6 thoughts on “Hacker No. 4 Proof Press

  1. Paul Moxon, Moderator - September 23, 2009

    Thanks Casey. Funny how, they keep popping up. It seems like every month I hear of another press in a barn or basement.

  2. Casey McGarr - September 21, 2009

    I met with a friend this weekend and she said the University of Dallas has a Vandercook 17 and a Hacker Press I’m going to meet with the gentleman that teaches there and will report back here what I find.

    Casey
    iLP

  3. Paul Moxon, Moderator - April 20, 2009

    It took more effort because it had a reciprocating bed and stationary carriage like an etching press.

  4. Eric Holub - April 20, 2009

    Well, my Hacker didn’t have all the features you see in the pictures, nor on the later Hackers I’ve seen; it looked like a Challenge/Potter with simple pedestal base, fixed headstops (they could be shimmed for slight adjustements), and gripper fingers over the packing. Still, it had a Horace Hacker plate on it, stamped No. 4.
    There was some problem with the inking system (it seized up regularly), so I inked by hand. But the impression was good, perhaps better than the SP-20 that replaced this Hacker. And it was great for a small basement shop, since it had a small at-rest footprint.
    The cranking motion was also harder than a Vandercook. As I recall it 25 years later, the crank did not drive the cylinder directly. Instead, the handle pushed on a radial coil spring, and when that tightened, then the cylinder moved. A bit of body english was needed to start and especially stop the cylinder.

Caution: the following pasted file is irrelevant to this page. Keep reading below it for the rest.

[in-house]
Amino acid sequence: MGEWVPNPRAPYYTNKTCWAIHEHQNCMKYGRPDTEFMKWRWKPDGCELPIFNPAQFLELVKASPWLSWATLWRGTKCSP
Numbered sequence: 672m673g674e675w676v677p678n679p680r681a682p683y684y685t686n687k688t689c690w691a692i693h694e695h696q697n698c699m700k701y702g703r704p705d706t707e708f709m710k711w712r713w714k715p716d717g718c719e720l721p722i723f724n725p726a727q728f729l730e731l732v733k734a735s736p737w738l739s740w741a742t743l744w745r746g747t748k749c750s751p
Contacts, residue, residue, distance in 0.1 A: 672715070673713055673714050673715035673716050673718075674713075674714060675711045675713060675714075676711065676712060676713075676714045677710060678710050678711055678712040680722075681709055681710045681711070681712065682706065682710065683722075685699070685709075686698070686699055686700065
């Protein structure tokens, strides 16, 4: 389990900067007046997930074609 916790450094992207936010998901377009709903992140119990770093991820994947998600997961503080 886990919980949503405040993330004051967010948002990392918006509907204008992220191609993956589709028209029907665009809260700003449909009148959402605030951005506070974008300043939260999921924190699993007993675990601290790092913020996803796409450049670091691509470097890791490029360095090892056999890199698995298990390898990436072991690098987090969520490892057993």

5. John Jenkins - April 19, 2009

    Thanks Eric,
    It must be disappointing that your donated Hacker proof press disappeared. Maybe it will turn up again someday. The No. 4 is a good looking proof press – was it good to print on?

  6. Eric Holub - April 19, 2009

    I know of three no. 4 Hackers, one in use at a fine press in Santa Cruz, one in storage in the South Bay Area, and another that has moved to somewhere in the Northwest. There is also a larger power Hacker at a fine press in Berkeley.
    I had an earlier version of the Hacker no. 4 (17×22 sheet size, not 18×24) and donated it to a local art school when I got my first Vandercook in 1984. That school has no idea what happened to the press, but it isn’t there any more.

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